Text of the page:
Life in the Fast Lane: the Rapid Change and Growth of America in the Early 20th Century

High School / Social Studies & US History
Author: Jenna Leigh Wilson, Ridgewood, New Jersey



Lesson Description

In this lesson, students will be examining a series of paintings that highlight America’s change into an industrial society, full of machines, factories, and pollution. Discussion will focus on the benefits and drawbacks of the Industrial Age and how different groups might be reacting to this rapid change. The lesson serves as a bridge between Industrialism/the Gilded Age and Progressivism, introducing the Progressive Movement to the class for further exploration.


Students will be able to

  • identify key changes brought on by the Industrial Revolution
  • evaluate the Industrial Revolution’s effects on American society 
  • articulate affordances and constraints of life in the industrial world



New Jersey Core Content Standards for Social Studies, 2009: U.S. History

6.1.12.A.5.a Relate industrial growth to the need for social and governmental reforms.

6.1.12.B.5.b Assess the impact of rapid urbanization on the environment and on the quality of life in cities.



  • color handouts of American Landscape and From Brooklyn Heights
  • notebooks and a writing utensil



Belief in moderate political change and especially social improvement by governmental action, emerging in response to the vast changes brought on by industrialization.



The class will begin with an image of Edward Hopper’s House by the Railroad displayed on the overhead.  Students are asked to closely examine the painting, jot down a few points about what they see, and be prepared to discuss their findings.  After a few minutes have passed, the teacher will ask the class to describe what they see (hopefully, the students will notice the Victorian house in the background while the railroad – a symbol of progress and industrialism – sticks out in the foreground).  Teacher should steer the conversation toward whether the students think the artwork is praising the new changes taking hold of American society or criticizing them (or whether the work is neutral).  This will lead into a discussion of how different groups in society are reacting to the industrial, technological, and urban growth of America.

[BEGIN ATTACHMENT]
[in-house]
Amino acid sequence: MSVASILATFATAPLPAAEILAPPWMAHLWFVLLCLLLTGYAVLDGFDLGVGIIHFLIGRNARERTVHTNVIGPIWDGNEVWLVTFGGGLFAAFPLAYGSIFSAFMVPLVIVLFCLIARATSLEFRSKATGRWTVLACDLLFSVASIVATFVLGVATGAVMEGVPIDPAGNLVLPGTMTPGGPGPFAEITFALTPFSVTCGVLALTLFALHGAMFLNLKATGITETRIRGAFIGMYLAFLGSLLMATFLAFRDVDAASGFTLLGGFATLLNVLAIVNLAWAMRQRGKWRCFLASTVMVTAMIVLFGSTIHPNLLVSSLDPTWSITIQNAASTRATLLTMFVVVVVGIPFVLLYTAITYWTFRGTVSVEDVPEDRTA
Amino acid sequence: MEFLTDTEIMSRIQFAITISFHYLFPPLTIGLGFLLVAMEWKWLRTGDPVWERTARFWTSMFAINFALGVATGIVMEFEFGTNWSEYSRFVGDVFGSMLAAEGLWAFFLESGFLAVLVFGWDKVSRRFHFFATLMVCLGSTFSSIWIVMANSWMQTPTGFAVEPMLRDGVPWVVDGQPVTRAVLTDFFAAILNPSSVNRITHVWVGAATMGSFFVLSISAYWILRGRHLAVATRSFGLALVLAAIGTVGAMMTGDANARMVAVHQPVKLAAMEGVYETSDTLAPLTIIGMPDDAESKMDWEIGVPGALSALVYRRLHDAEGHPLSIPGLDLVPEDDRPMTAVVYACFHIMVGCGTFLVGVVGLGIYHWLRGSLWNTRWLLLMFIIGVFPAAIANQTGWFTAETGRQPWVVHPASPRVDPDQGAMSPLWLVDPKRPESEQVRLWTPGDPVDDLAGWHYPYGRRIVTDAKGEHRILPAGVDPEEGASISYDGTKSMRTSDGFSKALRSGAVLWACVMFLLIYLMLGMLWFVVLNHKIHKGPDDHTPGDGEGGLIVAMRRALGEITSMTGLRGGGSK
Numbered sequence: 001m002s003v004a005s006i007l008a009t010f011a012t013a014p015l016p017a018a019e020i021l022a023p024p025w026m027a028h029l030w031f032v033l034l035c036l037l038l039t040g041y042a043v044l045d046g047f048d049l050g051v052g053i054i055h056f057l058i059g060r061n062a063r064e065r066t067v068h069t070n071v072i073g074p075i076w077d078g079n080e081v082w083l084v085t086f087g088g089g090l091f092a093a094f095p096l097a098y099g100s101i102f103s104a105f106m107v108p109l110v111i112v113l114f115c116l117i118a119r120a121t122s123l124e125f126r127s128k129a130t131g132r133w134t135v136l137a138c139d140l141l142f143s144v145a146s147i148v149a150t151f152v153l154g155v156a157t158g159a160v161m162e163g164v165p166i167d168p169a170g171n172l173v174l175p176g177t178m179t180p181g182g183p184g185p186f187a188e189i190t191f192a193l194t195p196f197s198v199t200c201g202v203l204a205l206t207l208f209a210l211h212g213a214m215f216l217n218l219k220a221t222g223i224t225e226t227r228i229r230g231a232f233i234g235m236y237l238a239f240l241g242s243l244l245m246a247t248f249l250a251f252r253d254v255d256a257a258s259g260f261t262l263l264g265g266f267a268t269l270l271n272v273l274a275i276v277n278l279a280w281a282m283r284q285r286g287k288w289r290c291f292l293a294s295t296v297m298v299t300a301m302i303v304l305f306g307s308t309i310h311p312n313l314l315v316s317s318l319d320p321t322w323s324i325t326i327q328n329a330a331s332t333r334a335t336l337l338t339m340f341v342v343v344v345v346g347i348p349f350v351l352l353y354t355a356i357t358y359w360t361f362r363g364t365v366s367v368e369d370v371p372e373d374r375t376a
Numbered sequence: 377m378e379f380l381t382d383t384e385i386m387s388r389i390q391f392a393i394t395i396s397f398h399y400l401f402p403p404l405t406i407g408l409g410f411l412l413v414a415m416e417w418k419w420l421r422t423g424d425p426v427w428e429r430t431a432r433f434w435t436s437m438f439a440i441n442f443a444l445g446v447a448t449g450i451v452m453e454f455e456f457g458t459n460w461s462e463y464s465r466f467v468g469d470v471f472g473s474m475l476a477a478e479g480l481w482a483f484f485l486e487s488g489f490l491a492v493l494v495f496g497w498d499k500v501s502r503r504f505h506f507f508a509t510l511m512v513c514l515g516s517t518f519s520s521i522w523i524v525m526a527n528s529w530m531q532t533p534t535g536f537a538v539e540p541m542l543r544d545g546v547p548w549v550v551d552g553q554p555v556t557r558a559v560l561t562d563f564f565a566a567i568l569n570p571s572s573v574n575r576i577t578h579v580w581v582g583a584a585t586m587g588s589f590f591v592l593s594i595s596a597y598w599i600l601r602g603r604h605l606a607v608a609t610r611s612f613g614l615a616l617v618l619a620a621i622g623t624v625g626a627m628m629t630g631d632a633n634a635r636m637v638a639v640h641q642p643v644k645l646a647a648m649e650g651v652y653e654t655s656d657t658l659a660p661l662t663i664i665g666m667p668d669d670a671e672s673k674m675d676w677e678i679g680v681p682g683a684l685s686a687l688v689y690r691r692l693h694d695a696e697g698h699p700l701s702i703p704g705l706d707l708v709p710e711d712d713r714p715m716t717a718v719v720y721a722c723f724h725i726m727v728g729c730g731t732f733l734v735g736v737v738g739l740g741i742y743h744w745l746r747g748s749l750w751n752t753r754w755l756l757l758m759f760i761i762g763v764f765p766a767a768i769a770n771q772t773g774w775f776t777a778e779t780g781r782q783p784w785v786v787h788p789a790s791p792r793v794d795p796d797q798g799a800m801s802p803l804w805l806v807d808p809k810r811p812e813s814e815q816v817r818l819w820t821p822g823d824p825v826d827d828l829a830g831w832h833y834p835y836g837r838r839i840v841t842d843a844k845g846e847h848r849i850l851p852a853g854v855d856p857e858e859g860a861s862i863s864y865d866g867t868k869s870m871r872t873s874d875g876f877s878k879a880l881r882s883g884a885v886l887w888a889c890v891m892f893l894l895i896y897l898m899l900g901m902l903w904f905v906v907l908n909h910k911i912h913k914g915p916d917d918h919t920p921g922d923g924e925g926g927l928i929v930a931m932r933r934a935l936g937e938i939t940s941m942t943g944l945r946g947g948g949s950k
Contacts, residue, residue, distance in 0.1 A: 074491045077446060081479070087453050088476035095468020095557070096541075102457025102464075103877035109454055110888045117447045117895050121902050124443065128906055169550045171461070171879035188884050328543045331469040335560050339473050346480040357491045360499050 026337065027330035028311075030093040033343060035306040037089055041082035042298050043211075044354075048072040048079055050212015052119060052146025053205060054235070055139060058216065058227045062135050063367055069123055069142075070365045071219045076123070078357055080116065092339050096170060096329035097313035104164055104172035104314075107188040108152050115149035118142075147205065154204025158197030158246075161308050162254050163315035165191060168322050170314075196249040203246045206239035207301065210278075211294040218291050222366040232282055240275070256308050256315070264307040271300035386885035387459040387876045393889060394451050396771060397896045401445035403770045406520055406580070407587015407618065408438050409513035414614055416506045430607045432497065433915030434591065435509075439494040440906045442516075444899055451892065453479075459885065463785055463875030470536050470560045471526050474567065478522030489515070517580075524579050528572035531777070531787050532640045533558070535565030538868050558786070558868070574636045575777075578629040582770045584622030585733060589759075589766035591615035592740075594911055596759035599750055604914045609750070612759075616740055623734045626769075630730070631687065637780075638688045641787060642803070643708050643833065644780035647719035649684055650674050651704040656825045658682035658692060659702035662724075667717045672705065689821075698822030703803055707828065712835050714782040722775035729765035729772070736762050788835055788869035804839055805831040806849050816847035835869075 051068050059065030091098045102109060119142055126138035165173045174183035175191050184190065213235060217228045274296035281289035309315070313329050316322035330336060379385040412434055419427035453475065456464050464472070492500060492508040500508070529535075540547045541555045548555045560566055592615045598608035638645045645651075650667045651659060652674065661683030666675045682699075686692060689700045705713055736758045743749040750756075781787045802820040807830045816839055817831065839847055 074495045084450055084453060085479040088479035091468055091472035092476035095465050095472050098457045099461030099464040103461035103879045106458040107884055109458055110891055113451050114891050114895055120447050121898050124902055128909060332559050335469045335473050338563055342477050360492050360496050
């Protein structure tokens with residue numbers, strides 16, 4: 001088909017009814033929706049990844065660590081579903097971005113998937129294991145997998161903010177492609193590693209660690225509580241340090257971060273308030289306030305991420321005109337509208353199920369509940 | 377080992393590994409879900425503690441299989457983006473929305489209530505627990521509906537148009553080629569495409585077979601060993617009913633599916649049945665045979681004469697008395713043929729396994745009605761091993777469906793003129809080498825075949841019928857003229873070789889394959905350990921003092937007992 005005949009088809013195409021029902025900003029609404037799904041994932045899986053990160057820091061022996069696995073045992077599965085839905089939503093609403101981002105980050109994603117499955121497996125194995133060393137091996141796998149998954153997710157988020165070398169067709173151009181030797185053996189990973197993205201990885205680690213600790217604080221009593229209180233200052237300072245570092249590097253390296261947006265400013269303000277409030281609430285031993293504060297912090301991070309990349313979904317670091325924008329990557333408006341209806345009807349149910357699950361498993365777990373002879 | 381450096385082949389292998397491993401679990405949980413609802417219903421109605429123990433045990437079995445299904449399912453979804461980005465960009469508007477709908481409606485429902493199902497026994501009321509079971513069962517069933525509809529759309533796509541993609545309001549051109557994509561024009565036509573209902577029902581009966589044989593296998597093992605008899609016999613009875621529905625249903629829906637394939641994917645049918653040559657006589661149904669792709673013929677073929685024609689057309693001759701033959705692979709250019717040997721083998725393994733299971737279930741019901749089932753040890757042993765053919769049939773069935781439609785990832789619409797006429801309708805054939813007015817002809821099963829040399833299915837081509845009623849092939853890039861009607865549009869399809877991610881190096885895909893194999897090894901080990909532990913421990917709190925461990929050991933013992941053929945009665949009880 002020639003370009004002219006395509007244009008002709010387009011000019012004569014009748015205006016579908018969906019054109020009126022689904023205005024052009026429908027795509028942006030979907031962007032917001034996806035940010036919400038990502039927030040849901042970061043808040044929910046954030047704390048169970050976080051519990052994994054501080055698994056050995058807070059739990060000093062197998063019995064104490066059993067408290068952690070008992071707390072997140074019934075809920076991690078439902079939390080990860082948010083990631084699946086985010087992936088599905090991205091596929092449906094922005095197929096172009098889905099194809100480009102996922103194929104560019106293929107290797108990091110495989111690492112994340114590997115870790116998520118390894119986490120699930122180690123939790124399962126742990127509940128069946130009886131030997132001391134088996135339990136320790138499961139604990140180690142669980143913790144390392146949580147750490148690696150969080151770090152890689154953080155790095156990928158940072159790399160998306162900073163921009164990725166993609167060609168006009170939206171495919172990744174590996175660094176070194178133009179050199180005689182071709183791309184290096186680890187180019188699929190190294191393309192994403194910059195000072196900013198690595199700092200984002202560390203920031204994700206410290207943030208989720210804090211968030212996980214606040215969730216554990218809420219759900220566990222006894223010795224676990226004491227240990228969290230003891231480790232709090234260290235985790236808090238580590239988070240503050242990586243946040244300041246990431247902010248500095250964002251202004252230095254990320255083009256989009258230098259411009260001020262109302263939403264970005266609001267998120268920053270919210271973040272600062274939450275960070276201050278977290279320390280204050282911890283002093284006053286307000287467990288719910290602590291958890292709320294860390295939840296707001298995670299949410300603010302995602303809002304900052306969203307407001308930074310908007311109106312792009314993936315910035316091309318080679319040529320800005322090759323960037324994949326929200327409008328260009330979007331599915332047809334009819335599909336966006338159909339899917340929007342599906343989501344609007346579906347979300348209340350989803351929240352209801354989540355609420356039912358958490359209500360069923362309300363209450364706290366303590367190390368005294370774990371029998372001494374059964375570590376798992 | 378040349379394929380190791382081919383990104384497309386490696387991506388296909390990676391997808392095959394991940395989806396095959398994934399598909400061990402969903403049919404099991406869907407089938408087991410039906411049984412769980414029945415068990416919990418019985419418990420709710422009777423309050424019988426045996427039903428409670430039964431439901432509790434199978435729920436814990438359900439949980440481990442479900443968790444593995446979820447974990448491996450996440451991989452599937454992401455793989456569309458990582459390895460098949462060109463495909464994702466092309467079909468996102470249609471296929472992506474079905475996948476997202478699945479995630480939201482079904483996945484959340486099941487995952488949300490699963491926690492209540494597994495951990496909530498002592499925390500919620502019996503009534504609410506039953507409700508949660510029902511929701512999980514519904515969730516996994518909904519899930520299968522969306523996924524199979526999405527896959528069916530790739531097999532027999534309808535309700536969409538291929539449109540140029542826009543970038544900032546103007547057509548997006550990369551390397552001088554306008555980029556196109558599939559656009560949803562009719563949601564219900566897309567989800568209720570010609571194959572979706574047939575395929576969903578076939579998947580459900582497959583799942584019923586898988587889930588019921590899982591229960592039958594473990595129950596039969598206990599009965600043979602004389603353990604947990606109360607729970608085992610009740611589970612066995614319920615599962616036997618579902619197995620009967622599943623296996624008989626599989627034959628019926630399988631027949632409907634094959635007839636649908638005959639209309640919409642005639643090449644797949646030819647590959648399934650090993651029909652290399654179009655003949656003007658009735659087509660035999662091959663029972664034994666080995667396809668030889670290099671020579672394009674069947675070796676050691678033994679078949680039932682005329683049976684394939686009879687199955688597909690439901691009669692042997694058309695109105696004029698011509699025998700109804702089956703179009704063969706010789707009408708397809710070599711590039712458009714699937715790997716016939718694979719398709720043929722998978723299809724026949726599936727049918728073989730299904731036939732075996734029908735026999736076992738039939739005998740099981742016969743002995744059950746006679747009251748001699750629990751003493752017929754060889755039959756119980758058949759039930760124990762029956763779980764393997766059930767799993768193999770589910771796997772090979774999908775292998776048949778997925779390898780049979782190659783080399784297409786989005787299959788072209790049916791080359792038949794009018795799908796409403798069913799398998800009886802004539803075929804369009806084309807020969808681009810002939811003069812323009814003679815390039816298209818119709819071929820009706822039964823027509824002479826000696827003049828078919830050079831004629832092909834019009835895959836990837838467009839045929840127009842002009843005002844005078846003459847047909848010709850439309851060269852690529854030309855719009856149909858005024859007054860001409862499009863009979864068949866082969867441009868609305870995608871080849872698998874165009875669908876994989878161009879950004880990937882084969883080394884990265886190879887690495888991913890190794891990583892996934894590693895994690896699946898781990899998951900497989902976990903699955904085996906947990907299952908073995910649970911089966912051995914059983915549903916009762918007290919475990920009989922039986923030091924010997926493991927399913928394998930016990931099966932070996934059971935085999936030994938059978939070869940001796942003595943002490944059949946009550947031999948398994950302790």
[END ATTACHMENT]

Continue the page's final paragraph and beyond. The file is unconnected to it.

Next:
Group Discussion
Working in groups of four, students will brainstorm the different ways people are benefitting and suffering from the effects of the Industrial Revolution (for instance, capitalist entrepreneurs and investors might be gaining vast fortunes as a result of the industrial boom, while immigrants might be forced to accept low-paying, dangerous factory work just to survive). 
After about ten minutes, the teacher will ask the groups to discuss the results of their brainstorming session and use the students ideas to lead into a discussion that focuses on the people who are not happy with the changes that are taking place in society.  The class will discuss what sort of things might be done to help these people, since the Industrial Age is here to stay.  During this part of the lesson, the teacher will introduce the concept of Progressivism, defining it and providing a background of the movement – why it began, whom it consisted of, and whom it was meant to benefit. 

Art Connection

Each group will then be given a color print of either American Landscape or From Brooklyn Heights.  Students in the group will each be assigned a role: wealthy industrialist, Italian immigrant, middle class factory owner, and Progressive reformer.  With their assigned role in mind, students should examine the painting and interpret its meaning.  In character, the students will discuss with other group members the things that stand out to them in the artwork and why.
As a wrap-up and means to check that students understand the various perspectives as play, students will pretend that their assigned character is “in” the painting and must write a short letter to a family member reacting to their surroundings.  This letter will be collected at the end of the lesson.




Picturing America Image:
Edward Hopper

House by the Railroad, 1925

Oil on Canvas

The Museum of Modern Art


Picturing America Image:
Charles Sheeler
American Landscape (1930)
Oil on Canvas
Museum of Modern Art Collection




Any views, findings, conclusions, or recommendations expressed in this publication does not necessarily reflect those of the National Endowment for the Arts.